Annexation of Texas. By Junius no. IX Page: 2
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ANNEXATIQN OF TVXAS.
1. iMr. Clay's Position on this Question.
It is defined in his Raleigh Letter, of April 17th, 1844, addressed to the Editors of the National
1. He was opposed to the cession of Texas to Spain, in the treaty of 1819.
"When the trea;ty was laid before the IHouse of Representativ, ," says Mr. Clay, " being a member of
that body, I expressed the opinion which I then entertained, and still hold, that Texas was sacrificed to the
acqleiton of Florida."' . . .
2. Mr. Clay acknowledges the validity and bona fide obligations of the treaty of 1819.
"If," he says in the Raleigh letter, " we made too great a sacrifice in the surrender of Texas, we ought to
take care not to make too cgreat a sacrifice in the attempt to re-acquire it .... We have fairly alienated our
title to Texas by solemn national compacts, to the fuifilment of which we stand bound by good faith and
national honor. It is, therefore, perfectly idle and ridiculuns, if not dishonorable, to talk of resuming our
title to Texas. as if we had never parted with it. We can nO more; do it, than Spairn ean resnme Plorida,
France Louisiana, or Great Britain the American Colonies, nw composing a part of the'Unted Stites.".
The "national compacts" above alluded to, are, first, the treaty of 1819, and next, all our
official recognitions of that transaction in our intercourse and arrangements with Mexico and
Texas, based upon it, in regard to boundary, and so far as I know, yet asserts her right to reduce Texas to obedience."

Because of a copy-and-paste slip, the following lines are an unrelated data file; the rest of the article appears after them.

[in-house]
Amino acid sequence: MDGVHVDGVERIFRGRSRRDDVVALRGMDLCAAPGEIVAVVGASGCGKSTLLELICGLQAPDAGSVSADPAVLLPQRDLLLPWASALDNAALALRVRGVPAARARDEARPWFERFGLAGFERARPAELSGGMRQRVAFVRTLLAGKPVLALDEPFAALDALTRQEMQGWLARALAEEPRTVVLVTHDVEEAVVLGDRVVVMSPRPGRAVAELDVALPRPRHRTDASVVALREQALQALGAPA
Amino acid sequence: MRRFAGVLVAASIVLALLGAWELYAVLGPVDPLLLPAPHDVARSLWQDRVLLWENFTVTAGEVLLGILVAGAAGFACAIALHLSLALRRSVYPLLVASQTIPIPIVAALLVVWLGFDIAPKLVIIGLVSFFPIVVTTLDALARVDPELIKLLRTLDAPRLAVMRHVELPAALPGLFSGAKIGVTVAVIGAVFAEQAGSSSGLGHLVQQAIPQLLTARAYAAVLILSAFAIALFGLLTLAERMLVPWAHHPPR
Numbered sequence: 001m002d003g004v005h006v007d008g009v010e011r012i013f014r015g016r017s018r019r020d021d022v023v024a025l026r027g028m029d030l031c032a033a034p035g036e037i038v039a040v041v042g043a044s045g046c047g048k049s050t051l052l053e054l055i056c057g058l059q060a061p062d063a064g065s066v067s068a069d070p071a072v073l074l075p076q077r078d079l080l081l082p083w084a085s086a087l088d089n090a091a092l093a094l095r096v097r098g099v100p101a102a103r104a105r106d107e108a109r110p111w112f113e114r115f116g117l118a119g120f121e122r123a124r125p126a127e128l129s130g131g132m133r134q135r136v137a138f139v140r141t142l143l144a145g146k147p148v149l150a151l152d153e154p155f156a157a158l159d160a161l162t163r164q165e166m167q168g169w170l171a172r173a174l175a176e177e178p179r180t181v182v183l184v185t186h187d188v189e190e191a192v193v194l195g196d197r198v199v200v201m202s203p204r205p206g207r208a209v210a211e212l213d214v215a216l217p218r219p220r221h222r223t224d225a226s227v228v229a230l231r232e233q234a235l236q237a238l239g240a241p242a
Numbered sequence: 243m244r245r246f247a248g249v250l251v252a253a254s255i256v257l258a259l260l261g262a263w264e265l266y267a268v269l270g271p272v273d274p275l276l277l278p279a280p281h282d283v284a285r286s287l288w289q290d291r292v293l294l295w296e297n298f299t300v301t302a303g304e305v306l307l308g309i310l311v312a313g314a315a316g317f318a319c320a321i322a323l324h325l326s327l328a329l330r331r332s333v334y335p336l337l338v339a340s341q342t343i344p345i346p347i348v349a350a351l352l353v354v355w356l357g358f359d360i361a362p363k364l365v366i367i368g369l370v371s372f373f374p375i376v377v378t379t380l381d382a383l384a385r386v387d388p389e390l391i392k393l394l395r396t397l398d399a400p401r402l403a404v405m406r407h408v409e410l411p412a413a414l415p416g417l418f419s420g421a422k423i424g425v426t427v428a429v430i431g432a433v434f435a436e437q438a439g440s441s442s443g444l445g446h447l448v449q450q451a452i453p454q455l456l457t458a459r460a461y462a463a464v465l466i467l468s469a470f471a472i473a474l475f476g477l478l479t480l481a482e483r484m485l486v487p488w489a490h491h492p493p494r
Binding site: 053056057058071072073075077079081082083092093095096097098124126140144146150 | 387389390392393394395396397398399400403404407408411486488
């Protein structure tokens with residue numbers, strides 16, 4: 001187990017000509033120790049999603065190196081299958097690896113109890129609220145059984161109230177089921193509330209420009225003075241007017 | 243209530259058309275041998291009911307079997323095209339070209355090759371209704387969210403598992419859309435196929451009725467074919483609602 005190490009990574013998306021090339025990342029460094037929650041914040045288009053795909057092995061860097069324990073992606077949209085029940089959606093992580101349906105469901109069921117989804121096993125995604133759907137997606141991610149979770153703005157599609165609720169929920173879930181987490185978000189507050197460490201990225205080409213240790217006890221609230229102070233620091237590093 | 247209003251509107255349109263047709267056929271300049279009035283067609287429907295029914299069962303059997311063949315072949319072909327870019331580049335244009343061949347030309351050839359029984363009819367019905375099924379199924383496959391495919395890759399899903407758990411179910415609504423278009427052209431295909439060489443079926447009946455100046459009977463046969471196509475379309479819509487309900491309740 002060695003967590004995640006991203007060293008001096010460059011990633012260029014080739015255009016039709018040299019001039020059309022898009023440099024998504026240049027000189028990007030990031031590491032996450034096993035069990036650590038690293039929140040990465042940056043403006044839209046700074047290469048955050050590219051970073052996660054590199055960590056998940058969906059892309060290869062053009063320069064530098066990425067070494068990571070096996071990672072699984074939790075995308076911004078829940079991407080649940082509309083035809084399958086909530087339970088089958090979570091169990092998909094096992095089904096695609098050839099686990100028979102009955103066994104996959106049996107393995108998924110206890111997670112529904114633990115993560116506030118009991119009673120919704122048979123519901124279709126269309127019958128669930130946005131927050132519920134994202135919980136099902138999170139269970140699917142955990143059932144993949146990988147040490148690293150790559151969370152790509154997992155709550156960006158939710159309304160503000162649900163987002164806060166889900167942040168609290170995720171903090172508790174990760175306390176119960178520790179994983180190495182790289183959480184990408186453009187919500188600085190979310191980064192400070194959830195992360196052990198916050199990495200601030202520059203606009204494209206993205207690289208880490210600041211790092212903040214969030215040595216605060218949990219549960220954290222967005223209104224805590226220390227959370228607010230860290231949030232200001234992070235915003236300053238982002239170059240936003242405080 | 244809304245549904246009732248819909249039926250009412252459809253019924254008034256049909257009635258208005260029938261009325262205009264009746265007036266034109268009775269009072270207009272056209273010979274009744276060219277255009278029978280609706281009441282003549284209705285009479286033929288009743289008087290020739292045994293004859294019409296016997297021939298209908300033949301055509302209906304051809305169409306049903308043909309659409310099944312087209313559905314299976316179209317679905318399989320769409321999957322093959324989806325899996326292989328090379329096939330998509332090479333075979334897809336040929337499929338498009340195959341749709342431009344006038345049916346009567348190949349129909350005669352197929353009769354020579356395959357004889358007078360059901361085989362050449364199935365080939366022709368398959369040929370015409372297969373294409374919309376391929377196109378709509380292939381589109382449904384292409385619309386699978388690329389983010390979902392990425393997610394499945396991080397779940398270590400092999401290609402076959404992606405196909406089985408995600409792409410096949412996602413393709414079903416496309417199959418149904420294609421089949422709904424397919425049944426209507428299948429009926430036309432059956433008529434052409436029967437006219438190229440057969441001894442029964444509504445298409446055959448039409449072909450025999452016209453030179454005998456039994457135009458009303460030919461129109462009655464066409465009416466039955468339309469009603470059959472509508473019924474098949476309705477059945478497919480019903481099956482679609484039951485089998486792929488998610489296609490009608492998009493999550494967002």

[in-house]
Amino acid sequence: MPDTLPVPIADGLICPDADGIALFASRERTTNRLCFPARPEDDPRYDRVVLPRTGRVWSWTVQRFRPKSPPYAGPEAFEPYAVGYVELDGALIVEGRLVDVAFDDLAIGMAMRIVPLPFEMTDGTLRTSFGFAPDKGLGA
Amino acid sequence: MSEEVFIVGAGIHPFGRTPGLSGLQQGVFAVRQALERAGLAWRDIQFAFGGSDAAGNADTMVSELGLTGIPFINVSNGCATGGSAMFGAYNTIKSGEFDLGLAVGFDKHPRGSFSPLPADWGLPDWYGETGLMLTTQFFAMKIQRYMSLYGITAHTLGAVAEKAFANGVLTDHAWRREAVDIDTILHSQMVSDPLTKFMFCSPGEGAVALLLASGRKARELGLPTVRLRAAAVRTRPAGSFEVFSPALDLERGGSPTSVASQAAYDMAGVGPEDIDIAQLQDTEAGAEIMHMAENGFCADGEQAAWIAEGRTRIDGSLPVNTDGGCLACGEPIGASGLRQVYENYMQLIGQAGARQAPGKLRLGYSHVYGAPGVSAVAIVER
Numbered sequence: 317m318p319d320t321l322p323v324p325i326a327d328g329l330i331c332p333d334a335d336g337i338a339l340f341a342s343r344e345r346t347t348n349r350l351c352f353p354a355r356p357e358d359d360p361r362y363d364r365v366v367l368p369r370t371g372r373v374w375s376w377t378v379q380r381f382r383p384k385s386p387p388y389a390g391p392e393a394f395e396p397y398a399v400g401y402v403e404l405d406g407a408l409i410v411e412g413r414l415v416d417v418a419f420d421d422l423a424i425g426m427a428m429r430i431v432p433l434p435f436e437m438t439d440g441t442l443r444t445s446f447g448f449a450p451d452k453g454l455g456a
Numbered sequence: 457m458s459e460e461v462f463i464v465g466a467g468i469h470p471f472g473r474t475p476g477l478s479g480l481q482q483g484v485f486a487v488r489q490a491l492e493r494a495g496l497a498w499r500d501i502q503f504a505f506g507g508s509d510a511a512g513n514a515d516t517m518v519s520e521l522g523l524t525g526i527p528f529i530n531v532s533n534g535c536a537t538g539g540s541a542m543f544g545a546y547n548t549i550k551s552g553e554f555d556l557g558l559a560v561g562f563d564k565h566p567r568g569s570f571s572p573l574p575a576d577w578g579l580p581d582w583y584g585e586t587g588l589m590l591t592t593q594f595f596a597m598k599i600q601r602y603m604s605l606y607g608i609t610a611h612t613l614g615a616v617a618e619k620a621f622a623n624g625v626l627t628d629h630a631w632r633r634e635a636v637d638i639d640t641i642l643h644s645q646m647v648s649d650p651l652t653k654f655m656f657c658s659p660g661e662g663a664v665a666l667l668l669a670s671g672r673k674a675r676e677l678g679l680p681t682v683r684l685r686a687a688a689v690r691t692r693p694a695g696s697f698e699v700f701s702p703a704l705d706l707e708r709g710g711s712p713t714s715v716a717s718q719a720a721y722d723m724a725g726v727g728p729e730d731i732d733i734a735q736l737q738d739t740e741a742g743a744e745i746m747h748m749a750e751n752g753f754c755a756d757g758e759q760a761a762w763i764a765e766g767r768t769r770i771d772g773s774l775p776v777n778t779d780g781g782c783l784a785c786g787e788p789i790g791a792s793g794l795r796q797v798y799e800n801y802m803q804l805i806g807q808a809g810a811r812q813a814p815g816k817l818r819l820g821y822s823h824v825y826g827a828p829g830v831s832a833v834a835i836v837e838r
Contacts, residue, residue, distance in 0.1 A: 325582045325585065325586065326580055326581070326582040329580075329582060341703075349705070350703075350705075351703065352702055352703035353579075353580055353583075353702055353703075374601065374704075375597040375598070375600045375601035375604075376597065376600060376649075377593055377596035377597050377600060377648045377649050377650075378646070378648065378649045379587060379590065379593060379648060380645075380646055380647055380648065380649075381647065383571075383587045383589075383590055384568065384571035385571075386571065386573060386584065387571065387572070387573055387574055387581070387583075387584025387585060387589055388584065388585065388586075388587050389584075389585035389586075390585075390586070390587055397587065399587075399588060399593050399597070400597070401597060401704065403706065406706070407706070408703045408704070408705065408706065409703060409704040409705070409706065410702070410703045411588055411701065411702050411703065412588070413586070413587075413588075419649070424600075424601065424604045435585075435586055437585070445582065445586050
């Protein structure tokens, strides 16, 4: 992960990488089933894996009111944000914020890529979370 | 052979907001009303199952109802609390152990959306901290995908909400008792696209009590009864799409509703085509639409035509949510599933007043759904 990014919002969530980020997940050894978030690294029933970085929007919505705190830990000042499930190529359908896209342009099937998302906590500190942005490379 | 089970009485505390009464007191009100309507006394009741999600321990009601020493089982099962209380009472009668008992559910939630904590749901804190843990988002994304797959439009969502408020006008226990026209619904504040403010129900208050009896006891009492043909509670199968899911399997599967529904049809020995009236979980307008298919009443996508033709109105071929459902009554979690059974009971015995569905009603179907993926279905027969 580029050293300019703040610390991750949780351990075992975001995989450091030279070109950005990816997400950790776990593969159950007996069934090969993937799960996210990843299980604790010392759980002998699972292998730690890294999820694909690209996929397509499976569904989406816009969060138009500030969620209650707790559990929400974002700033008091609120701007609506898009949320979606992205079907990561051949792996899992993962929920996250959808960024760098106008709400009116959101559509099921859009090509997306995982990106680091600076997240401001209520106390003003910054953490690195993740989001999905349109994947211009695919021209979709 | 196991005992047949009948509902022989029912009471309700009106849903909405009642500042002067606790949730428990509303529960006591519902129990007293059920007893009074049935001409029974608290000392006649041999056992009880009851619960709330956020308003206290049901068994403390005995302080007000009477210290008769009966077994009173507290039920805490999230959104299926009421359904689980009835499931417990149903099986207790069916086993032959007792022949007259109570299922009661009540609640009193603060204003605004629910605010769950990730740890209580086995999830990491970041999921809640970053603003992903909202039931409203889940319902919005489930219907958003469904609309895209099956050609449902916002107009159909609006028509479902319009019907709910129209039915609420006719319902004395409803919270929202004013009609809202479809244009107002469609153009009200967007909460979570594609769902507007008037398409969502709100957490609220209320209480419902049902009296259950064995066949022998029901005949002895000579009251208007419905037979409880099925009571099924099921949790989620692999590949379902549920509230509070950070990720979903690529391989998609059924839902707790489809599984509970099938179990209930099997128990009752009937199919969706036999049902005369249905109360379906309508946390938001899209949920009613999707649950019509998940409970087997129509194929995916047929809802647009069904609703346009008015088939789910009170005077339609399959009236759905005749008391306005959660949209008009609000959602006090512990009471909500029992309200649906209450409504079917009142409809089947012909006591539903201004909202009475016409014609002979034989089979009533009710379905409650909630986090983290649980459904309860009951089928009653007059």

This position of Mr. Clay rests on matter-of-fact ground, and is incontestible. Our Government
has proclaimed to all the world, that such is our, doctrine, all the world know it, and
such, invariably, has been our practice, till Mr. Tyler gqt up his treaty of annexation. There
is no principle of our governmept longer established, better known, or more uniformly maintained.
Every administration, till the present, has acted upon it. We have never before
sought, but always dgclined to meddle with the controversies of foreign states and nations.
It is a most delicate affair, when, for our own commercial advantage, we have acknowledged
the independence of a state that is in controversy with a parent state for national rights,
we go yet farther, while the dispute is pending, and undertake to decide it by our own arbitrary
act, for our own benefit! Mr. Tyler says, in his message to the House of Representatives,
of June 10th, "The Executive has dealt with Texas as a power independent of all
others, both defacto and dejure." So it would seem. But it is the first time in our history
that our Government has ever done a thing of the kind, and not less a violation of our principles,
than a departure from our practice. It is an outrage on the customs and laws of
4. "Under these circumstances." says Mr. Clay, "if the government of the United States were to acquire
Texas, it would acquire along with it all the incuinLrances which Texas is under, and among them the actual
or suspended war between Mexico and Texas. Of that consequence there cannot be a doubt. Annexation
and war with Mexico are identical. "
The " supended war" is the case of a supposed armistice, which was proclaimed by Prei
dent Houston. June 15th, 1843. "All the incumbrances which Texas is under," are,first, hex
debts, asserted by her Commissioner in treaty'with lMr. Tyler, to be fire milions of dollars,
but very prudently provided for in said treaty to the amount of ten milUions, since swelled to
twenty-two million by credible evidence, and very likely in the epd could not be satisfied with
fifty milios. All this liability, more or less, is of course incuired by annexation. Next, we
should incur all-her treaty obligations with Great Britain, France, Holland, and other powers,
which might be disagreeable, and very inconvenient. There would be no escape from
this, as is distinctly intimated in Mr. Everett's official letter of the 18th of May to Mr. Calhoui,
and is farther determined in the advocacy of the treaty of annexation, on the authority
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